Dynamic Procurement of New Products with Covariate Information: The Residual Tree Method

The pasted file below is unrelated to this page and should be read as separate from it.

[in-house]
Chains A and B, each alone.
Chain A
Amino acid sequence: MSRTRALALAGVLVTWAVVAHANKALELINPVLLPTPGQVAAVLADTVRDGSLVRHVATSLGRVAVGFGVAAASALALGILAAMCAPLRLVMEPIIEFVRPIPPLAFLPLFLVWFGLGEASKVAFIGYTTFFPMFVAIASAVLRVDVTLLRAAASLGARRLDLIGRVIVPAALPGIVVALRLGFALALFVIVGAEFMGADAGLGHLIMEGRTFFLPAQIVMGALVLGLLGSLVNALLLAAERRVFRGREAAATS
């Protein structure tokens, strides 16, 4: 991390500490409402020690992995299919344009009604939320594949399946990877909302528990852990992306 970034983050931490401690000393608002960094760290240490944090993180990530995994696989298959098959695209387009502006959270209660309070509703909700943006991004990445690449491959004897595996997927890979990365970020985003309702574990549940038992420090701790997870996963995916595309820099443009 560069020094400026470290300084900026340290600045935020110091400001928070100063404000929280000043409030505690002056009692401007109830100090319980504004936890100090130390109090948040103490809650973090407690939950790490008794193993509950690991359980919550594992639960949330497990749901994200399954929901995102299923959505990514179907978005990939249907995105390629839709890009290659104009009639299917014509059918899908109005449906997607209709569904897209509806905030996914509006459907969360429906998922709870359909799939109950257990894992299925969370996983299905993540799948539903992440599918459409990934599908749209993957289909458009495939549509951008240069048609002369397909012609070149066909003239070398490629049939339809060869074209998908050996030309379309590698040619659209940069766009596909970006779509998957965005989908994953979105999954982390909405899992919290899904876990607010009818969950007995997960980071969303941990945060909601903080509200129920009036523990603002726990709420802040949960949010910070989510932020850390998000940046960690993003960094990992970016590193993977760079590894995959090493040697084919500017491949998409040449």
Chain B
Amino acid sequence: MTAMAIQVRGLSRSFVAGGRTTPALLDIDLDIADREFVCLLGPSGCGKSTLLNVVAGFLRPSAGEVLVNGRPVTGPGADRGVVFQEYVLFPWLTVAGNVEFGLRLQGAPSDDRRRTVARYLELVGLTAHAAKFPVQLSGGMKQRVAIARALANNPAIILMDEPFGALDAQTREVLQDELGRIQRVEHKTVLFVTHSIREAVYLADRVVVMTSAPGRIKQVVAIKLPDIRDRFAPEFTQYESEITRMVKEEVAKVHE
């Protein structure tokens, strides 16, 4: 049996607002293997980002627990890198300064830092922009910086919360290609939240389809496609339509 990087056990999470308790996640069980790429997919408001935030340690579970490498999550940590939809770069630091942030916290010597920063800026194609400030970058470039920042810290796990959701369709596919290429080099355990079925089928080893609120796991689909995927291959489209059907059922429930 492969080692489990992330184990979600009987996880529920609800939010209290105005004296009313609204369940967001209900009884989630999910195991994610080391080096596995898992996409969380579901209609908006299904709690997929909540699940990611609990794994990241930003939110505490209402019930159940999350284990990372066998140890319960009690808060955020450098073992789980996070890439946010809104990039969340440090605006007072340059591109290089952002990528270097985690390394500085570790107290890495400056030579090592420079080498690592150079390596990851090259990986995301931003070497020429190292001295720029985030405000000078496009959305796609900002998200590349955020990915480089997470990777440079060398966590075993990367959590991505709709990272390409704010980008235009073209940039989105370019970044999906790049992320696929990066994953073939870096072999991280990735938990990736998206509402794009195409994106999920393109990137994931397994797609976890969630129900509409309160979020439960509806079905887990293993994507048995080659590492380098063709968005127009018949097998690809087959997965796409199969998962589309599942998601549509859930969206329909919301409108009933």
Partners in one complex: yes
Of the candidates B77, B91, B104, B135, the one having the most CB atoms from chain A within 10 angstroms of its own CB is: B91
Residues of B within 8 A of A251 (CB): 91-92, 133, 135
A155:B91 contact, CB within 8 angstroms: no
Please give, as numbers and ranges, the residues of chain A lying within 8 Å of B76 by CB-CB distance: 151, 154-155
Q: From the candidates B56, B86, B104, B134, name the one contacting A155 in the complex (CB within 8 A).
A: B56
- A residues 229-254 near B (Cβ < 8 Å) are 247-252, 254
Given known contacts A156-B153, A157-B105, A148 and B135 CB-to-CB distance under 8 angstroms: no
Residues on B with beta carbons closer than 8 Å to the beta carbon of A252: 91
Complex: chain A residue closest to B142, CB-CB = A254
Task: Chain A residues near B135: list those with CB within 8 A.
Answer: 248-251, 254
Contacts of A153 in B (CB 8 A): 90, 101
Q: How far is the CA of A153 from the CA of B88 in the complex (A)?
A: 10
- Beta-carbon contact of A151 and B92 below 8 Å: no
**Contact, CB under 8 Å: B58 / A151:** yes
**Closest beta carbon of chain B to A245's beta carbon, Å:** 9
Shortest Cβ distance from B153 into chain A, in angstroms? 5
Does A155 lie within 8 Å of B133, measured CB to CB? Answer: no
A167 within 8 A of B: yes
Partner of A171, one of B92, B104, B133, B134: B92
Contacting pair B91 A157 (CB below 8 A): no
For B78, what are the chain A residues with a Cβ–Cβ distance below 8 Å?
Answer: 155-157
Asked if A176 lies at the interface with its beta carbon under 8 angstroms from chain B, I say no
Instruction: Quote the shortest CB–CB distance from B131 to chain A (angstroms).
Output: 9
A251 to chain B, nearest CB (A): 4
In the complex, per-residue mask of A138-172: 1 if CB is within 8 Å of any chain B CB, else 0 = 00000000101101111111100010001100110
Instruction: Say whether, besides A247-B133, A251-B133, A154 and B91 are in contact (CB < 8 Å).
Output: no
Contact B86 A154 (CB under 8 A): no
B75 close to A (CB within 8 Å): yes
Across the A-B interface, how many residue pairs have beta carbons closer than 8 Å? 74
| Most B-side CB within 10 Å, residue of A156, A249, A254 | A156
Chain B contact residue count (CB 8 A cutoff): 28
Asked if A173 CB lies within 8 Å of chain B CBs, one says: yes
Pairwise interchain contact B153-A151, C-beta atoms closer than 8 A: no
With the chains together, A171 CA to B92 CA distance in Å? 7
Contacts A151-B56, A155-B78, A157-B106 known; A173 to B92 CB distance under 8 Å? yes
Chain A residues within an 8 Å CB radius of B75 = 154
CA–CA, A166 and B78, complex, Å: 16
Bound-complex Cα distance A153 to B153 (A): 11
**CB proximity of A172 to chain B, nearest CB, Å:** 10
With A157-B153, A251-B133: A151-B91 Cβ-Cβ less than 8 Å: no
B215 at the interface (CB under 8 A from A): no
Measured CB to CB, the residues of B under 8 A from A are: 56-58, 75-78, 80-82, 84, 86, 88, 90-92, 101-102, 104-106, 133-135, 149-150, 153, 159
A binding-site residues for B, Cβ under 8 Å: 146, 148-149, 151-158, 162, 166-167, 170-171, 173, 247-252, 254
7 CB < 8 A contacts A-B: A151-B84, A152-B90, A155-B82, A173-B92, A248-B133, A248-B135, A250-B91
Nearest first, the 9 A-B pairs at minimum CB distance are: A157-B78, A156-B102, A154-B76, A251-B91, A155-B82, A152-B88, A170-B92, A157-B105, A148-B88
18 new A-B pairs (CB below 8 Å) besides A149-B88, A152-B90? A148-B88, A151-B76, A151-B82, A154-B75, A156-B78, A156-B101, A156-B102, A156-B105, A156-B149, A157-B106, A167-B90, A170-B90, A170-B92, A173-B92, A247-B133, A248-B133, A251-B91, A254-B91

Problem definition: We study the practice-motivated problem of dynamically procuring a new, short-life-cycle product under demand uncertainty. The firm does not know the demand for the new product but has data on similar products sold in the past, including demand histories and covariate information such as product characteristics. Academic/practical relevance: The dynamic procurement problem has long attracted academic and practitioner interest, and we solve it in an innovative data-driven way with proven theoretical guarantees. This work is also the first to leverage the power of covariate data in solving this problem. Methodology: We propose a new combined forecasting and optimization algorithm called the residual tree method and analyze its performance via epiconvergence theory and computations. Our method generalizes the classical scenario tree method by using covariates to link historical data on similar products to construct demand forecasts for the new product. Results: We prove, under fairly mild conditions, that the residual tree method is asymptotically optimal as the size of the data set grows. We also numerically validate the method for problem instances derived using data from the global fashion retailer Zara. We find that ignoring covariate information leads to systematic bias in the optimal solution, translating to a 6%–15% increase in the total cost for the problem instances under study. We also find that solutions based on trees using just two to three branches per node, which is common in the existing literature, are inadequate, resulting in 30%–66% higher total costs compared with our best solution. Managerial implications: The residual tree is a new and generalizable approach that uses past data on similar products to manage new product inventories. We also quantify the value of covariate information and of granular demand modeling.